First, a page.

Hayley Everett22 May, 2020
The findings, which were revealed in a poll carried out by YouGov on behalf of the cycling charity, also showed that just under one in 10 people in the UK are cycling more during the crisis.
And looking towards a post-lockdown era, 36% of people questioned agreed they could rethink their travel habits in the future to use cars and motor vehicles less.
For this to happen though survey respondents wanted to see several measures implemented surrounding, predictably, infrastructure and safety.
More than two thirds of those questioned wanted to see traffic-free cycle tracks and paths along high streets and within town centres, while over half of people called for more designated cycle lanes on roads.
A third of respondents want to see traffic restrictions in residential streets, and 24% would like the speed limit reduced to 20mph in residential and built up areas.
“Our poll shows clearly that people are prepared to rethink their travel habits, using their cars less and cycling more, but only if they feel safe to do so,” said Duncan Dollimore, Cycling UK’s Head of Campaigns. “The Prime Minister said this should be the golden age for cycling, while the Transport Secretary announced major funding to encourage more people to cycle as an alternative to public transport.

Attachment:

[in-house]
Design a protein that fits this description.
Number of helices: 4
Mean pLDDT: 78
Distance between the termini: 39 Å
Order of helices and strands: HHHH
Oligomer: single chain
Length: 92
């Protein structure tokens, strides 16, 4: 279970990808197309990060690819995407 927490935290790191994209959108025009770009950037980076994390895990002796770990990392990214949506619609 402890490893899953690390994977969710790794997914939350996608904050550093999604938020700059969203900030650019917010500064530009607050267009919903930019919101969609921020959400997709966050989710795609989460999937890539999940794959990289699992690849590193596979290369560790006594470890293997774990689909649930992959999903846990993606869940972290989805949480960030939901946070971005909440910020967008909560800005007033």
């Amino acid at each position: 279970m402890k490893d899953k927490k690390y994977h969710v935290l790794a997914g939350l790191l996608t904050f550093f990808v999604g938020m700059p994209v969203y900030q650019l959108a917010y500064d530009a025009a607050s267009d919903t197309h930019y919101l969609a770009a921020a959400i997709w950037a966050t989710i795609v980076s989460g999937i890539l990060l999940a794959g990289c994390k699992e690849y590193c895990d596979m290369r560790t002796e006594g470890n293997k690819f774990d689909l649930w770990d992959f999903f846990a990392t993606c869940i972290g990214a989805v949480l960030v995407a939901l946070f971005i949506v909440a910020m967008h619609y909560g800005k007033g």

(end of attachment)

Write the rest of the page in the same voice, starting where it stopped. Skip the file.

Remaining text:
“But, encouragement is not enough. If the roads don’t look and feel safe to cycle, only the brace will choose to do so. If there’s space for people to cycle separated from motor vehicles, millions more will do it.”
Cycling UK has been campaigning for local authorities to install pop-up cycle lanes and widen pavements to create the space for people to walk and cycle safely, while social distancing during the pandemic.
“Money has been made available for them to do this in England and Scotland, and has been promised in Wales, with every government in the UK sending a clear message that more people cycling and walking is fundamental to the exit strategy from this crisis and central to how we do things differently in the future,” Dollimore added.
The charity has also identified 100 streets in 10 cities which would allow ‘millions of commuters’ to cycle to work separated from traffic.
British Cycling has suggested that 14 million more adults could get on their bikes if towns and cities follow DfT guidance to implement new temporary infrastructure like bike lanes. And there are other green benefits of more people swapping their cars for bikes; researchers with Leeds University have also illustrated how a modal shift towards greater e-Bike use could slash transport emissions by as much as half.
With this in-pouring of potential new customers, the bike industry now has an opportunity to capture and contain this bike boom momentum as a change in public transport habits looks to be significant post pandemic.